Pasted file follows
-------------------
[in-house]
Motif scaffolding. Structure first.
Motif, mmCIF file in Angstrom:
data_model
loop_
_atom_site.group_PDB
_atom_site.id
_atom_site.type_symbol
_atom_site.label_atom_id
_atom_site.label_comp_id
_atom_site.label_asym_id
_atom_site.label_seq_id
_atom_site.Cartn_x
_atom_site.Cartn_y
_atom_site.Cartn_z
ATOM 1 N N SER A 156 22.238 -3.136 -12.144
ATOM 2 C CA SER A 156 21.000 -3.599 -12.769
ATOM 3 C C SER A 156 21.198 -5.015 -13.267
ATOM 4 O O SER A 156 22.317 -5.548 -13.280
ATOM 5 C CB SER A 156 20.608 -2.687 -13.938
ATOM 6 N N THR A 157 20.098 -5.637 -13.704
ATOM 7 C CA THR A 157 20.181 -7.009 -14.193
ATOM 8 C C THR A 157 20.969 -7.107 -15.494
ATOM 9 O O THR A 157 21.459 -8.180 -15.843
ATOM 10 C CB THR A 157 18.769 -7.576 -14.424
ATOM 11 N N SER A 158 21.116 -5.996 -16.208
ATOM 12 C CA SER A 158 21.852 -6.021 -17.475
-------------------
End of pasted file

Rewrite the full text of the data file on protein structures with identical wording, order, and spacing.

[in-house]
Motif scaffolding. Structure first.
Motif, mmCIF file in Angstrom:
data_model
loop_
_atom_site.group_PDB
_atom_site.id
_atom_site.type_symbol
_atom_site.label_atom_id
_atom_site.label_comp_id
_atom_site.label_asym_id
_atom_site.label_seq_id
_atom_site.Cartn_x
_atom_site.Cartn_y
_atom_site.Cartn_z
ATOM 1 N N SER A 156 22.238 -3.136 -12.144
ATOM 2 C CA SER A 156 21.000 -3.599 -12.769
ATOM 3 C C SER A 156 21.198 -5.015 -13.267
ATOM 4 O O SER A 156 22.317 -5.548 -13.280
ATOM 5 C CB SER A 156 20.608 -2.687 -13.938
ATOM 6 N N THR A 157 20.098 -5.637 -13.704
ATOM 7 C CA THR A 157 20.181 -7.009 -14.193
ATOM 8 C C THR A 157 20.969 -7.107 -15.494
ATOM 9 O O THR A 157 21.459 -8.180 -15.843
ATOM 10 C CB THR A 157 18.769 -7.576 -14.424
ATOM 11 N N SER A 158 21.116 -5.996 -16.208
ATOM 12 C CA SER A 158 21.852 -6.021 -17.475